By Robin Avery
What do seniors ask their primary care physician about most often? According to a family practitioner I know, one of the most common inquiries doesn’t involve their hip, their muscle mass, or their memory. What she hears quite often is “What happened to my libido?” Most people can’t imagine losing their sexuality, and for good reason: A healthy sex life will release hormones that boost the immune system, promote sound sleep, reduce stress and depression, and ease chronic pain, even migraines.
Declining sexuality as we grow older makes perfect sense. Biologically, for both sexes the innate desire for reproduction has been satisfied. For men, advancing age brings lower testosterone levels so erections are fewer and farther between, and the overall experience, including orgasm, less intense, less satisfying. The result: Men spend over $1 billion a year to treat erectile dysfunction. As they age women, too, can experience bothersome sexual issues that affect relationships, health and quality of life. In addition, sex and intimacy become more challenging with some chronic health conditions such as heart disease or arthritis. Certain surgeries and many medications, such as antidepressants, antihistamines, blood pressure medications and acid-blocking drugs, can affect sexual function. The effects of depression include lower sex drive, which antidepressants will aggravate.
A 2005-2006 survey conducted by the University of Chicago’s National Social Life, Health and Aging Project (NSHAP), presented in the New England Journal of Medicine, found that senior sexual activity was closely tied to overall health, which was even more important than age. As health declined steadily after the early 70s, so did the sexual activity, particularly among women. Among those who remained sexually active, nearly half reported at least one sexual problem, such as lack of desire (43% of women), vaginal dryness (39% of women) or erectile dysfunction (37% of men). The study also found that 86% of men did not find it necessary to take erectile dysfunction medications.
In the survey, seniors found ways to remain sexually active despite worsening health. The proportion of sexually active couples engaging in oral sex, for example, hovered at around 50 percent for those under age 75. More than half of men and a quarter of women, whether they had a sexual partner or not, acknowledged masturbating. In fact, 14% of respondents refused to answer questions about masturbation, so the percentages are probably higher. The more than 3,000 survey respondents were very candid. The study’s lead author, Dr. Stacy Tessler Lindau, Assistant Professor of Obstetrics and Gynecology, and of Medicine-Geriatrics at the University of Chicago, said participants were more likely to refuse questions about income than they were about sex.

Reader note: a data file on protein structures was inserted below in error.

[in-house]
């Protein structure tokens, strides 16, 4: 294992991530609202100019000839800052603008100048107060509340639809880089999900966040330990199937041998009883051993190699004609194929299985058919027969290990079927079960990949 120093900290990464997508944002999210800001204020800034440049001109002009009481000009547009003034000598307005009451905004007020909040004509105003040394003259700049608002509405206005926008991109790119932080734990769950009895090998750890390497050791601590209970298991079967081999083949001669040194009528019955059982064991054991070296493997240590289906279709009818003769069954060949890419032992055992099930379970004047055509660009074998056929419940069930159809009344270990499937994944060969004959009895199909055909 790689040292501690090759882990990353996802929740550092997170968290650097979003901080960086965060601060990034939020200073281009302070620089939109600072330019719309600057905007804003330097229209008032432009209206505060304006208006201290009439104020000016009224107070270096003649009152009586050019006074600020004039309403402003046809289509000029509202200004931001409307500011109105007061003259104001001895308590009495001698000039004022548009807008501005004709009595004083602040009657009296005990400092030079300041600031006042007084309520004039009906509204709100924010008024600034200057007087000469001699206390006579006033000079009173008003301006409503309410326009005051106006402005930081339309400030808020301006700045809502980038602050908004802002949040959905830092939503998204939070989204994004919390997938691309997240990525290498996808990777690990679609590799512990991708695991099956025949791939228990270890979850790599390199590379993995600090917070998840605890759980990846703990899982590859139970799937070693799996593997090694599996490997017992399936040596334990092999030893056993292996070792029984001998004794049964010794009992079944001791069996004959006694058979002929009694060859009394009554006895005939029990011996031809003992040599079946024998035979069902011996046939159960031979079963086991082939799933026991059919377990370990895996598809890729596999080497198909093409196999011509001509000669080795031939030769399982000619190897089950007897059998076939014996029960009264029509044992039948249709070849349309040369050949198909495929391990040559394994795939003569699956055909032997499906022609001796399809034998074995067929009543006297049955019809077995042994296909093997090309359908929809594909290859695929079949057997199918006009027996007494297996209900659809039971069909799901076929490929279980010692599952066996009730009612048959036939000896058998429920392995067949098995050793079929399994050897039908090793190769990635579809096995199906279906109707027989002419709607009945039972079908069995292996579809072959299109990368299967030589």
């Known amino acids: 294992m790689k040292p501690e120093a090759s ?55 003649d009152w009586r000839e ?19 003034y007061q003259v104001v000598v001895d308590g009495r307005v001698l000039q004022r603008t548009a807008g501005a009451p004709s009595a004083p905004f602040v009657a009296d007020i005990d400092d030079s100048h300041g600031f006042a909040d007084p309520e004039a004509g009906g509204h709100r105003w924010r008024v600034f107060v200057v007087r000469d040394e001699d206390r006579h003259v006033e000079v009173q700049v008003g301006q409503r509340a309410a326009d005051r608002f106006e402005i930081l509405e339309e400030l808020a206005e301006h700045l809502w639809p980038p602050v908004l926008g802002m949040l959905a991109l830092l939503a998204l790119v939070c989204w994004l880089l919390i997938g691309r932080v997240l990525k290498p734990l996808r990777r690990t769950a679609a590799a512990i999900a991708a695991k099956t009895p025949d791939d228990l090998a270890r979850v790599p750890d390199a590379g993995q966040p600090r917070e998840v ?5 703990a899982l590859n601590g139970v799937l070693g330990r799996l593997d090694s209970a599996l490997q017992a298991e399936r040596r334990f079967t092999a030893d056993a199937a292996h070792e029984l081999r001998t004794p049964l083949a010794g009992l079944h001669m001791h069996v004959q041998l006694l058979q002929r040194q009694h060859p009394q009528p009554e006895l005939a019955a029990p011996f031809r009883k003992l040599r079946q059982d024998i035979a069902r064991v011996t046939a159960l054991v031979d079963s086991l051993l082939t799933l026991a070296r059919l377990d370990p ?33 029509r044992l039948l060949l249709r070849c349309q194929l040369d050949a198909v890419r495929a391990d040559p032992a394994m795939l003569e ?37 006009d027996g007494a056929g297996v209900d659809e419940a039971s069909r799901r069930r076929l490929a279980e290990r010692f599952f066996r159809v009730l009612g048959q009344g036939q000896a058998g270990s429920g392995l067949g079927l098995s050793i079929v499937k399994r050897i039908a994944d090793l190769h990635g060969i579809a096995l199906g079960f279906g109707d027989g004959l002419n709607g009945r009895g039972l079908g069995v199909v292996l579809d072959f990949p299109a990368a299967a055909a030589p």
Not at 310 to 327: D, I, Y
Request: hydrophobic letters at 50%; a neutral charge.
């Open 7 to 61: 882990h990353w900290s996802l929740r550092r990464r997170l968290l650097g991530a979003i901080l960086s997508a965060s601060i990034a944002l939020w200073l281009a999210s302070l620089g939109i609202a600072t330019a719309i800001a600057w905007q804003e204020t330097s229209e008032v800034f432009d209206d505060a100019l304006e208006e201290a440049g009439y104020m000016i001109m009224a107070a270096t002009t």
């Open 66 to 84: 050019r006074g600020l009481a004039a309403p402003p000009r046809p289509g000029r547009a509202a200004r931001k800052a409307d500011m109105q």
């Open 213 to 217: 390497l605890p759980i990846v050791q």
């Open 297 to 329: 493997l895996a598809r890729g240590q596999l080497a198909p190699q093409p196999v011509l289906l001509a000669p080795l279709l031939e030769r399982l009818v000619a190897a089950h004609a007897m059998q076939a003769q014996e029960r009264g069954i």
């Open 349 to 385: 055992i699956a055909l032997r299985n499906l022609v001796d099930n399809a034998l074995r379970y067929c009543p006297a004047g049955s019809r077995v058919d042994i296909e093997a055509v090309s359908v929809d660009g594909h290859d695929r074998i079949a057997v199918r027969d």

Mary B., a 73 year-old survey participant, reports she is “healthily engaged in sexual activity with a man 70 years of age. Of course, he uses Viagra which works quite well. We have sex (intercourse) at least 3 times a week and sexual play daily. We are both physically fit in that we exercise daily, i.e., jogging, weights, biking and Pilates and, of course, sex. However, it takes longer to reach orgasm. Sometimes I don’t reach that point but I am quite happy ensuring that my partner does. Our encounters usually last from one to four hours, which includes foreplay, dirty dancing being our favorite. Viva la sex! It’s free and fun!”
Jerry S., another participant, discussing the best time for sex, advises: “Sex? Well, as one gets older ‘anytime’ is the best time! You should not try to program your emotions. Just go with the flow and when the urge strikes, GO FOR IT!”
So what can seniors do to improve their sex lives? There’s a lack of reliable information today about how sexual activity and function change with age and illness, and society is many ways is still hindered by taboos around discussing sex in later life. So, first and foremost, discuss the issue openly and honestly with your partner and your healthcare provider. Next, be ready to adapt. One of the best words I’ve heard describing aging is “transition.” As we grow older, our diet, sleep patterns, physical abilities and exercise all change. So do our perspectives. We transition into the new realities, hoping for a sense of happiness and fulfillment with new challenges well met.
Sex and intimacy can continue to be a rewarding part of your life. Be creative. Don’t give up on romance. Expand your definition of sex to include cozying up, romantic or humorous moments, touching and kissing. It’s like my brother-in-law says: “It’s all math!” My other brother-in-law, however, quips: “No. It’s all sex!”
Both Mary and Jerry seem to get it. Ellen’s ideal is a relationship that is physically satisfying, as well as soul-satisfying. Johnny’s spontaneity and enthusiasm is endearing and appropriate at any age. The mere possibility of an inspiring and satisfying relationship “at our age” makes senior sex worth discussing.
Robin Avery is a Gerontologist, Consultant, Developer and Operator of assisted living communities, with a Masters Degree from The Naropa University. He can be reached at firstname.lastname@example.org.